BEAVERTON, Ore. — Nike’s fiscal second-quarter profit jumped 40 percent, helped by higher average selling prices and an increase in revenue around the world.
Profit topped analysts’ expectations, though revenue came in slightly short. Shares rose 39 cents in aftermarket trading, from a close of $78.26 before the report. The stock is up 52 percent year to date and hit an all-time high of $80.26 last week.
The world’s largest maker of athletic goods said Nike brand sales grew across every product type and region. Sales of Converse items were especially strong in North America, Britain and China markets.
Profit margins were helped by Nike’s shift toward more profitable products and businesses, higher average prices and easing costs of raw materials.
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Nike is readying for three major athletic events in 2014, the Super Bowl, World Cup and Olympics.
In a call with analysts Thursday, CEO Mark Parker said Nike has introduced its Brazilian and French World Cup uniforms, known as “kits,” that are using new technology to be 16 percent lighter than the uniforms made for the 2012 Euro Championships. They’re made of recycled polyester that uses the equivalent of 18 recycled water bottles in every uniform.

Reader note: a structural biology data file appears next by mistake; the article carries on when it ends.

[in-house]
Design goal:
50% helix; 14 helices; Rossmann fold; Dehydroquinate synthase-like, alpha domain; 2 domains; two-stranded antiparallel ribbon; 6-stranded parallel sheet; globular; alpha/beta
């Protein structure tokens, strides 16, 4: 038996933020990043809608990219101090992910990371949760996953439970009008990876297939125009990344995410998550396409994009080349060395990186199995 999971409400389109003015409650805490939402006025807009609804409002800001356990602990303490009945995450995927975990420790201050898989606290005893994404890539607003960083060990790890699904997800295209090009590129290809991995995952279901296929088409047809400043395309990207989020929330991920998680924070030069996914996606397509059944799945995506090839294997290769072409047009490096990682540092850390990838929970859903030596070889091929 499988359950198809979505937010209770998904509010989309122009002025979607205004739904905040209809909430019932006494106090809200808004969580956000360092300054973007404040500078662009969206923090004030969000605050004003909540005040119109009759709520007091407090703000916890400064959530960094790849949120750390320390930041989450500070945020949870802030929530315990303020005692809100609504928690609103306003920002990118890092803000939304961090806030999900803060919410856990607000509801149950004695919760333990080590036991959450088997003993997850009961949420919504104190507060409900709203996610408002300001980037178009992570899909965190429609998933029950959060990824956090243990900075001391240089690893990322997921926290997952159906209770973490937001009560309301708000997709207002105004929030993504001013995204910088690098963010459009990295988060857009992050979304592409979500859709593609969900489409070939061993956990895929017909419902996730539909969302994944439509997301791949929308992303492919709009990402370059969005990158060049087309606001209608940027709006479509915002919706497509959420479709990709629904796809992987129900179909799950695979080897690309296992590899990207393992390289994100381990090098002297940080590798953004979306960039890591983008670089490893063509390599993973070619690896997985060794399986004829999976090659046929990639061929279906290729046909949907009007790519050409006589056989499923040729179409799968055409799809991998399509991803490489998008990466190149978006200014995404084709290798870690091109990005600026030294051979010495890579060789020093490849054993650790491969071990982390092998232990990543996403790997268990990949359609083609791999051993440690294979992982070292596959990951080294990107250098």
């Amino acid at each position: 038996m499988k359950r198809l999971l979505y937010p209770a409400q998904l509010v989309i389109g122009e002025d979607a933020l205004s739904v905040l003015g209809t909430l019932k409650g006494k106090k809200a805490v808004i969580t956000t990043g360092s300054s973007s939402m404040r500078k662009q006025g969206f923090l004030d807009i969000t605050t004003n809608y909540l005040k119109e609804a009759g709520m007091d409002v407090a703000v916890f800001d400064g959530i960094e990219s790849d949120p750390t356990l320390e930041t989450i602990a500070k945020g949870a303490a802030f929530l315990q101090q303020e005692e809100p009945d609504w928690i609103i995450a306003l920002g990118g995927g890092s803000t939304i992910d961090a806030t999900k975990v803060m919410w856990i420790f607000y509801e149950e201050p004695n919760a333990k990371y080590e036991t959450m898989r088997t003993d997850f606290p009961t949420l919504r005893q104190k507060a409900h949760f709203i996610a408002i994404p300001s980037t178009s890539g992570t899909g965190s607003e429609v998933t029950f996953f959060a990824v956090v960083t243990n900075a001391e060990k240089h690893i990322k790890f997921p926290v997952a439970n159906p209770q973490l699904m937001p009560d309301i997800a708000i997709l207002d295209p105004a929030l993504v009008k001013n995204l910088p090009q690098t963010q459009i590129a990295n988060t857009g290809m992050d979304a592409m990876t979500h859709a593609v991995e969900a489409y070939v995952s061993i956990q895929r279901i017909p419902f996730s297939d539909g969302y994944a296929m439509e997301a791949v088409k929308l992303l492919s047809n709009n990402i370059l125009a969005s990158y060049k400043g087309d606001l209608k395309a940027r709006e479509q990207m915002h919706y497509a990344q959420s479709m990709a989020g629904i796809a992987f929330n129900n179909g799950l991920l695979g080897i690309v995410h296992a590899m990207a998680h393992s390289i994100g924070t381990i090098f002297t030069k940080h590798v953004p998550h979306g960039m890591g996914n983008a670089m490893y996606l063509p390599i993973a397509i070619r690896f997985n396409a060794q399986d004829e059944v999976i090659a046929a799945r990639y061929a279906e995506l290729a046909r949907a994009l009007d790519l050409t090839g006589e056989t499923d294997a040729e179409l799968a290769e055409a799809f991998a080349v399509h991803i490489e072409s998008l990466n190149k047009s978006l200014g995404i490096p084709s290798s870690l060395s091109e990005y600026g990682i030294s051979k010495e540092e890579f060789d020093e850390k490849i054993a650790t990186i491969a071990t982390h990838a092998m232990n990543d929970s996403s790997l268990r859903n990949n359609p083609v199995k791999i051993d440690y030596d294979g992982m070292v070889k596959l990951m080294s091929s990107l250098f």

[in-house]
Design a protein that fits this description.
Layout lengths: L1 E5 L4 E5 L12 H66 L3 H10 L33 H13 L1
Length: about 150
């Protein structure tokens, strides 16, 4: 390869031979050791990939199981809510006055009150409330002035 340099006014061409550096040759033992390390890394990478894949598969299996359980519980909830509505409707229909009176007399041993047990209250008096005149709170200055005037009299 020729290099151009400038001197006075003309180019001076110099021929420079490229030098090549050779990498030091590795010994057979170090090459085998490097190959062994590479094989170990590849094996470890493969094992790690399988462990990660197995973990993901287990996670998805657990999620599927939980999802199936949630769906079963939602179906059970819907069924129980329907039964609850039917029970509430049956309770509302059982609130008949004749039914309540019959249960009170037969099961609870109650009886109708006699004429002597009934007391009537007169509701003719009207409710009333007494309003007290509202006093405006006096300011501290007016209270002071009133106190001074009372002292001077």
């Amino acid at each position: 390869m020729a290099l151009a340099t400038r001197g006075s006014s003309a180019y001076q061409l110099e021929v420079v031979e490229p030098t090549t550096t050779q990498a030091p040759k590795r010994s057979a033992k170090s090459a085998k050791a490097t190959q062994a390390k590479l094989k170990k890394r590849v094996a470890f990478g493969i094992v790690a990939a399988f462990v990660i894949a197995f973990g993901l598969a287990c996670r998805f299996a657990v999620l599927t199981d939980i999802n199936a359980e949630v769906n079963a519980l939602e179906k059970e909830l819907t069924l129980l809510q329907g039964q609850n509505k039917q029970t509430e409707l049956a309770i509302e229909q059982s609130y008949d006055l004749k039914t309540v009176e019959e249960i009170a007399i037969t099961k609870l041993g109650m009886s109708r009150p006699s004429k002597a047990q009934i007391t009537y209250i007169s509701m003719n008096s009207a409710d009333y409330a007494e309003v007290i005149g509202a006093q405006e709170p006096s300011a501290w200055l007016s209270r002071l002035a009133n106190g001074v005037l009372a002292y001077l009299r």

Western Europe revenue rose 18 percent to $1.07 billion during the quarter, with future orders up 26 percent in that region. China, which has seen slowing growth, showed signs of improvement, and Parker said he was “very encouraged” by revenue growth of 8 percent to $629 million there.
The company said it had problems in Mexico as it began using a new third-party logistics provider, leading to a shortfall of inventory at retail stores. Nike expects to be “shipping to demand” by the end of the third quarter, but it will take a few quarters to fully regain retail business.
At the end of the quarter, global future orders for Nike brand shoes and clothes to be delivered between December and April rose 12 percent year-over-year to $10.4 billion.
Profit for the three months ended Nov. 30 rose to $537 million, or 59 cents per share. That compares with profit of $384 million, or 57 cents per share, last year. Total revenue rose 8 percent to $6.43 billion from $5.96 billion.
Analysts expected 58 cents per share on revenue of $6.44 billion, according to FactSet.